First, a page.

Interdisciplinary foodborne outbreak investigations
Outbreaks of infectious foodborne diseases continue to affect populations across Canada, with potentially severe impacts on susceptible groups such as children, older adults, immune compromised individuals, and pregnant women. While some outbreaks can be rapidly attributed to localized sources that can be easily contained, globalized food systems are leading to much larger and more complex outbreaks that can be challenging to investigate. Under ideal circumstances, multiple interdisciplinary stakeholders work together to (1) identify the affected individuals and common exposures, (2) isolate the specific pathogen, (3) find the food source(s), (4) contain the outbreak, and (5) communicate investigative information to health partners and the public. Investigative models considers information from three sources: laboratory, epidemiological and food safety investigations. Close collaboration with public health laboratories ensures that modern tools such as whole genome sequencing (WSG) can be used to link pathogens sampled from affected people with those sampled from candidate food sources. As there is an increased need for interdisciplinary foodborne outbreak response, guidance on effective collaboration and emerging technologies could help to support more effective investigations.
About the project
This project aims to support effective multidisciplinary foodborne outbreak investigations. It will develop guidance on the use of emerging technologies, such as WGS, and clearly outline the roles and responsibilities of various stakeholders. In particular, this project will focus on how environmental public health professionals can support investigations by collecting and communicating information to stakeholders and contributing to outbreak summaries.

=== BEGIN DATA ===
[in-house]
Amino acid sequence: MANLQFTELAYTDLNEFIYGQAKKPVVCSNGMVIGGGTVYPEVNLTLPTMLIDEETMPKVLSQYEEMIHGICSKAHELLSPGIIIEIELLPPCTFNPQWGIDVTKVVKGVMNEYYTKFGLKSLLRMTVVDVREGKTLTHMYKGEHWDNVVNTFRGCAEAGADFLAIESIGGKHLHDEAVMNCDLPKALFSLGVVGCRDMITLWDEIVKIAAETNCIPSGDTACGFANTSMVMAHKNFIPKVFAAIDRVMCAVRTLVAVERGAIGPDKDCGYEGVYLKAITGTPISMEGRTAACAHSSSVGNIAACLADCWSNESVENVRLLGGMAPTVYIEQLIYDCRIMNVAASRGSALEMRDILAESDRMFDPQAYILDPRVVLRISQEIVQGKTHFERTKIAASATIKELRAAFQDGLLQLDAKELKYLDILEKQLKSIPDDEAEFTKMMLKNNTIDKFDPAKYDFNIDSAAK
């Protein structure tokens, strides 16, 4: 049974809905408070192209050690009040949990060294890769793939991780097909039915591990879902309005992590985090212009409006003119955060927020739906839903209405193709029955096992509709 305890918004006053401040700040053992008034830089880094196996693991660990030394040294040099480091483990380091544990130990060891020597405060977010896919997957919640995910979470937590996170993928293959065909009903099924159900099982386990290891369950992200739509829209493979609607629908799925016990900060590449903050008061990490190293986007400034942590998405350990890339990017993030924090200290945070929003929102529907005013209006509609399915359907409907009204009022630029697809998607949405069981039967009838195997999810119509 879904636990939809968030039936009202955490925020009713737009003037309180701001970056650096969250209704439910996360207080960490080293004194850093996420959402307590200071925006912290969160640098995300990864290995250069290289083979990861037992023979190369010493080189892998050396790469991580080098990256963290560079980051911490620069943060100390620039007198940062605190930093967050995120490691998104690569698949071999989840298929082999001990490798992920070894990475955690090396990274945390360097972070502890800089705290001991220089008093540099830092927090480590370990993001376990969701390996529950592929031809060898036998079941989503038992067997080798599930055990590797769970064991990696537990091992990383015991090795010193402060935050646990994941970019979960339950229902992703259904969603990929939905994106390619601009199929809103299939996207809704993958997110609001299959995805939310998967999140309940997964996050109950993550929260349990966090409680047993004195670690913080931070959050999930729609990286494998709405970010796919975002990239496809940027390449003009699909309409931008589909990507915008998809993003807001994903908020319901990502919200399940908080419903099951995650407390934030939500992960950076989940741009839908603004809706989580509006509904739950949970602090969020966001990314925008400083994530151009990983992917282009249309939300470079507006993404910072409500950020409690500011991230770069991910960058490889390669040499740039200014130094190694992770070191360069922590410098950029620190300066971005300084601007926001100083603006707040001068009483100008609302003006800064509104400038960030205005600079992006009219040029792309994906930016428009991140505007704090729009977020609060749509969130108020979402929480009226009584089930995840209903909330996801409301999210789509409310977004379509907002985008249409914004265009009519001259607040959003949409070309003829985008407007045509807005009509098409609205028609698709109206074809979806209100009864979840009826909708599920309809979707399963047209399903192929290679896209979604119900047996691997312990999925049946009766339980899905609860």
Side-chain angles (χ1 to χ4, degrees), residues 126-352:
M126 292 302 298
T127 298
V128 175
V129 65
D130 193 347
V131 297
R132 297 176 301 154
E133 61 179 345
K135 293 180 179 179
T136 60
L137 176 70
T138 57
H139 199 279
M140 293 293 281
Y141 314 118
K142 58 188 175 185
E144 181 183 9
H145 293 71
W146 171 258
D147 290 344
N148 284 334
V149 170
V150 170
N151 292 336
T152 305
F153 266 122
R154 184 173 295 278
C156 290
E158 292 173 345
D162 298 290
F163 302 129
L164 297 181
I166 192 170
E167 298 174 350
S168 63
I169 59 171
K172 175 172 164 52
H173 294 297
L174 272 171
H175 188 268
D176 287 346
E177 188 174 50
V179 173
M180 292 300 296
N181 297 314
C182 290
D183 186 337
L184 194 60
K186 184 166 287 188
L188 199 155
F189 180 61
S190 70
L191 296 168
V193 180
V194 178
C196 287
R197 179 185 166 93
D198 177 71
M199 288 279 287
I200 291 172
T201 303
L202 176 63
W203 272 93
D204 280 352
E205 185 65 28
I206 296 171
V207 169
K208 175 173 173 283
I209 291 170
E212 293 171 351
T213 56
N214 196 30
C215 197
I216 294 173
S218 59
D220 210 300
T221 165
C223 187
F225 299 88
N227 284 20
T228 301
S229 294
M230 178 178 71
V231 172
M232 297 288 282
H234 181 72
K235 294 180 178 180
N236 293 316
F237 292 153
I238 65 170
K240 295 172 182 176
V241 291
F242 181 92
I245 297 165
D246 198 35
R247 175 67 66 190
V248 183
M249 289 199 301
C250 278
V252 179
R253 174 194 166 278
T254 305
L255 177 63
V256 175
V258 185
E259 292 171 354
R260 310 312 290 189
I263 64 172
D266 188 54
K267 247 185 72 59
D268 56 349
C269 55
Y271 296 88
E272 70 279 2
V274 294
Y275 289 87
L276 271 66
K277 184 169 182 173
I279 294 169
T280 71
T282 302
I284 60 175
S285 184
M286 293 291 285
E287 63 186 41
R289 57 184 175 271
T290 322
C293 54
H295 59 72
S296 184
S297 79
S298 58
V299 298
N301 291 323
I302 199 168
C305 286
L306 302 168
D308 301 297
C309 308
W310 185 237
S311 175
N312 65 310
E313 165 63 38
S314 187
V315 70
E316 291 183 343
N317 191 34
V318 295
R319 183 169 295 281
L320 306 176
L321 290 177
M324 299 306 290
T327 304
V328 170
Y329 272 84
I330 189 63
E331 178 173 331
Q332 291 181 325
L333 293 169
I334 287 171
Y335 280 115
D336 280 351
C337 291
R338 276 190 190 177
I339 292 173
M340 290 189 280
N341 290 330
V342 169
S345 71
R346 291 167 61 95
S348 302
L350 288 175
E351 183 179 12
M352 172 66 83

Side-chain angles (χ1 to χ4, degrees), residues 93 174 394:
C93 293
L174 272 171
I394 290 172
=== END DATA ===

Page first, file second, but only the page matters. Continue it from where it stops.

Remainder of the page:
This review focuses on the use of whole genome sequencing and other emerging technologies in foodborne outbreak investigations.
Foodborne illness outbreaks: Roles and responsibilities (Diplock, Feb 2023)
This report examines foodborne outbreaks focusing on the roles and responsibilities of EPHPs in different foodborne outbreak categories. It also includes a downloadable RACI (Responsible, Accountable, Supporting, Consulted, and Informed) chart to support planning of an interdisciplinary foodborne outbreak response.
Foodborne illness outbreaks: Recommendations for collaborative investigations (Diplock, May 2023)
This report will draw on the previous outputs in this series to develop guidance for common foodborne outbreak scenarios. Best practices will be based on reviewed literature, key informant interviews, and case studies of effective interdisciplinary outbreak investigation.
About the author
Dr. Ken Diplock
Dr. Ken Diplock is the coordinator of the Bachelor of Environmental Public Health (BEPH) program at Conestoga College. Before joining Conestoga, Ken worked as a certified public health inspector with the Region of Waterloo Public Health and was actively involved in the Canadian Institute of Public Health inspectors (CIPHI). His research focuses on foodborne outbreak investigation as well as food safety education initiatives.